The Hatters from Red Hat are having a party to celebrate the reaching of a big benchmark for the Raleigh-based company last week.

$1 billion in annual revenue.

The private gathering at the Raleigh Convention Center on Wednesday afternoon is one way that Red Hat management is thanking employees for helping the global Linux software leader become the first Linux firm to hit that revenue total. Other parties will take place around the world, each geared to the culture of that operation, with Chief Executive Officer Jim Whitehurst going on the road from Europe to Singapore to say “well done.”

“It’s a fun but casual chance to get everyone together and celebrate,” Whitehurst said. “It’s also a good reflection of what our people are like – authentic and down-to-earth. It’s not a black tie thing.”

Not that tuxedos and gowns wouldn’t be warranted, given Red Hat’s run of success.

But as the Hatters celebrate in their trademark red fedoras, don’t think for a moment that Whiehurst is letting down his guard.

Whitehurst has just lead Red Hat (NYSE: RHT) to more than $1 billion in annual revenues with quarterly financial performances that are exceeding Wall Street analysts’ expectations.

It’s almost become a cliché to say Red Hat is red hot – but it’s fact. With shares trading up more than 45 percent so far this year (only, a Red Hat customer has done better) at $60 and at the highest prices in a decade, the Raleigh-based company is projecting even more growth this year.

In fact, Whitehurst says the company plans to improve its Raleigh headcount by 150 jobs – or 20 percent from the current 750 – over the next year as the company moves into its new headquarters in downtown Raleigh.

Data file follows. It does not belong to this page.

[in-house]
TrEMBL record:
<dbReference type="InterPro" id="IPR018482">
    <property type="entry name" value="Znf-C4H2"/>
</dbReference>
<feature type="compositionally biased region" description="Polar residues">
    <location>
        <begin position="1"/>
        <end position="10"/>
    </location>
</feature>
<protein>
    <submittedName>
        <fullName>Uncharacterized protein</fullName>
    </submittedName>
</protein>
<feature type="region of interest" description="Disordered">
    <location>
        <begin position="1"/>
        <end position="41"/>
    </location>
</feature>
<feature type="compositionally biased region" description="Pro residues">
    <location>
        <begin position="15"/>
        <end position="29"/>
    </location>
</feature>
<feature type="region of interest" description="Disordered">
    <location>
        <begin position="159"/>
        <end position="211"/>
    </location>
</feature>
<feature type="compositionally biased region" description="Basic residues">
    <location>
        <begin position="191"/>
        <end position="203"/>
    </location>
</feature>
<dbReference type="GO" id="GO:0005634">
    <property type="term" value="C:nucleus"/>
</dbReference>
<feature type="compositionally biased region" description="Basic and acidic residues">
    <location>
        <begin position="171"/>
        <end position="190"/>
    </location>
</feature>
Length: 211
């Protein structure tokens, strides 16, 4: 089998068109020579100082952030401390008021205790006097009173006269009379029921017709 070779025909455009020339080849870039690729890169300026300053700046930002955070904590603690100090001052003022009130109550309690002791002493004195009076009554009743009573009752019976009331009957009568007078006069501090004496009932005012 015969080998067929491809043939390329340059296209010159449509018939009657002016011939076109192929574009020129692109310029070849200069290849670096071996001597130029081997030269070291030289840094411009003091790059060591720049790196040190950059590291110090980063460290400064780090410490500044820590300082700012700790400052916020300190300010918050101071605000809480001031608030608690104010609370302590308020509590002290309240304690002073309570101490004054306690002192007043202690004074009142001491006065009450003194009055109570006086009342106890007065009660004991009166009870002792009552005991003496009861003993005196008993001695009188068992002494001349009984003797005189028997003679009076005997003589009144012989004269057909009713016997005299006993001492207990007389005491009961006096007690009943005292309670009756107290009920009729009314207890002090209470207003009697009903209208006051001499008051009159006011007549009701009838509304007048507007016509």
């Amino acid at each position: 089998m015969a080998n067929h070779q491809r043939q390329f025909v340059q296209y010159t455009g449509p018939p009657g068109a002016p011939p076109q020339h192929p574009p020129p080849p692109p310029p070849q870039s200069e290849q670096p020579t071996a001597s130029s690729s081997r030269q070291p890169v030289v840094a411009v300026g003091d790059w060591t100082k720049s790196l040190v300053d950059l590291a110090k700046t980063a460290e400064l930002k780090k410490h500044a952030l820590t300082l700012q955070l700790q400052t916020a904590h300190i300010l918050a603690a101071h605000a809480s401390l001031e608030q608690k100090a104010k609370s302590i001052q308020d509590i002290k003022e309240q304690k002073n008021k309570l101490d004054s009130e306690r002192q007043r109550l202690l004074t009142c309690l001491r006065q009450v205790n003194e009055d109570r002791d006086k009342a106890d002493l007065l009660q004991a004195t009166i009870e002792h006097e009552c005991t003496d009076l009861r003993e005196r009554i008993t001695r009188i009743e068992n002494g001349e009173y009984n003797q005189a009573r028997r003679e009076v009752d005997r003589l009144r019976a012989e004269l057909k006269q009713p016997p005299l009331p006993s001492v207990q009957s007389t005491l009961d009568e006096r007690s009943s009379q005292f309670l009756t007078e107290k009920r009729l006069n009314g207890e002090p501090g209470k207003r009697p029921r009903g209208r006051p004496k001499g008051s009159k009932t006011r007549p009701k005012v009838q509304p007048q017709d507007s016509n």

As the Progress Energy tower becomes RHT – or Red Hat Tower – Whitehurst is focused more than just an office on the 17th floor downtown rather than on N.C. State’s Centennial Campus.

Keep Stock Price High

He has challenges – such as growing the business and pre-emptively turning away any potential buyer.

So what’s to keep another company – say an IBM or HP or Oracle or Dell – from sweeping in to take over Red Hat as more and more businesses worldwide embrace Linux software, the kernel on which the company is built and has become the global leader? No other Linux firm has reached $1 billion in annual revenues, and only a handful of firms have done so.

“The blunt answer is, there is nothing we can do directly, right?” Whitehurst said rhetorically in an interview with WRAL Tech Wire on Wednesday. “Once you are a public company, you are public.

“I tell my team every day that we want to control our own destiny, and to do so we have to fulfill our mission every single quarter.

“We have to keep our market capitalization high. Right now it’s $11 billion. Put a premium on that and the price is $15 billion, $16 billion. That’s more than half the market capitalization of Dell.

“I care a lot about our market value so we can control our own destiny. Our continued success makes us an expensive buy.”

IBM is among Red Hat’s many partners, but Red Hat has no shortage of big enemies.

Microsoft, the proprietary software king, has been among the enemies of Red Hat as well as Linux dating back to the creation of the open source (i.e. developed and expanded by programmers around the world) 20 years ago. Oracle, meanwhile, has feuded with Red Hat as well with Matthew Szulik, Whitehurst’s predecessor and former company chairman who is now retired, often traded barbs with Oracle leader Larry Ellison.